Years ago, it was a serious challenge to find a book or an article about niche topics like complexity theory and complex system. Nowadays, we have another challenge: Which books are recommended to read for gaining a deep productive insight on complexity and complex systems among so many books and articles released every year on this topic?
Here’s a list of books I found helpful in learning more about the basics of complexity and complex systems. I hope it helps you too:
The book written by Mitchell Wardrop provides an honest account of the founding of Santa Fe institute. One of the leading institutions with a major contribution in the development of the complexity theory.
Although the book is published on 1992, still it’s one of the best books to start with if you are going to study the field systematically.
This book is written by John Holland. One of the pioneers of the artificial intelligence and genetic algorithms. The book content is centered around life, mind and organizations. Three of the most important emerged entities in the history of evolution.
Considering the publishing date (1996), he has done a valuable effort to introduce the concept of emergence and to show us the mechanism by which complex behaviors are emerged from the repeated application of a few simple rules.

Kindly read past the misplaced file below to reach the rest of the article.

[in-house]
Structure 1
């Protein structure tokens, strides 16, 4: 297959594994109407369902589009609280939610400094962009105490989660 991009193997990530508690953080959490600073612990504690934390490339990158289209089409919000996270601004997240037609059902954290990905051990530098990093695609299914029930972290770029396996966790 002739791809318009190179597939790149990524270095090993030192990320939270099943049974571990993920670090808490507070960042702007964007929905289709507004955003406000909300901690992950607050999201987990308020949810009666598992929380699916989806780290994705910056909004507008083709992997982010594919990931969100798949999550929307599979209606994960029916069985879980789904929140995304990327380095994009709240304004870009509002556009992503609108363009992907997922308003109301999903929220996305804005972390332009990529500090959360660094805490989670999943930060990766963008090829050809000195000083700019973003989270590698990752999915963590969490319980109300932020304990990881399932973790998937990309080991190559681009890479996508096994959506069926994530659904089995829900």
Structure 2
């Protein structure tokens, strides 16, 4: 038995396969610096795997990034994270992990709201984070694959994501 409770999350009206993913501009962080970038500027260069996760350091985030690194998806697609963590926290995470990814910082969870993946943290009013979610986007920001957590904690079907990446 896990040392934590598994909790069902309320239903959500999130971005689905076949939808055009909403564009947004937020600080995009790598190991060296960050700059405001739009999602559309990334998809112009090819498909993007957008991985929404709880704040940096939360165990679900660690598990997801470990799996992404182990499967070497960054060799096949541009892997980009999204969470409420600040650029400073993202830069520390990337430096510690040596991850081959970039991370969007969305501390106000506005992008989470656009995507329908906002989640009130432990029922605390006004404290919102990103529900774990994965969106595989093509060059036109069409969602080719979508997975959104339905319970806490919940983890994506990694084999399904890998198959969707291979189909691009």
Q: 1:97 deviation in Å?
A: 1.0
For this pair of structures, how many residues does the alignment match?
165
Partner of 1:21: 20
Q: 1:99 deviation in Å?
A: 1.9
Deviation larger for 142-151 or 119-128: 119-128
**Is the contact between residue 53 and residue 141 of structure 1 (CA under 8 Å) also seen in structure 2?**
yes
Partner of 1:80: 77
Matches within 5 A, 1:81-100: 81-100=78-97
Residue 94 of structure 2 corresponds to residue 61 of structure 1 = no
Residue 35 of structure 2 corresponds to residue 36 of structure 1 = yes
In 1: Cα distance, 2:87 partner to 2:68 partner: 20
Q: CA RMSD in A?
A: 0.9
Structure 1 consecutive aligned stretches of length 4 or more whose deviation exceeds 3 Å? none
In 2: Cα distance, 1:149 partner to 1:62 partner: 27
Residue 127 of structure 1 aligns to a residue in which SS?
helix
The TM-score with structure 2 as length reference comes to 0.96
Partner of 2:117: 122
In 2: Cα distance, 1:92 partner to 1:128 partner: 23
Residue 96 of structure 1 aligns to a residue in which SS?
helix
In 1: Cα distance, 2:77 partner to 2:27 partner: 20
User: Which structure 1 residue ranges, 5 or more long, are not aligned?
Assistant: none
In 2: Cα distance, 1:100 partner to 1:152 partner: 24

Here‘s a brief review of the book published by MIT.
If you have time for reading just one book in the field of complexity, Melanie Mitchell’s guided tour would be the best choice. A fine blend of computer science, biology and information theory referring to a wide variety of cases from metabolism and genetic algorithm to the immune system and ant colonies.
You will love the book if you remember that you are invited to a guided tour and not to an official organised academic lecture on complex systems and complexity theory.
Stuart Kauffman’s book on the complexity is not an easy read, but it’s one of the most vivid pictures drawn about the origins of life.
You may like to take a look at a very short summary of the book provided by the Stanford university.
And as the last item on the first part of my list, if you are looking for a book to read in bed before sleeping with some flavors of complexity and emergence, Linked is one the best choices available.
The simplified non-mathematical yet precise and scientific descriptions of the networks and their emerging characteristic, makes it a good choice for an exciting tour to the world of complexity.
You will find many different examples from the AIDS proliferation to the internet traffic. You will not regret reading it.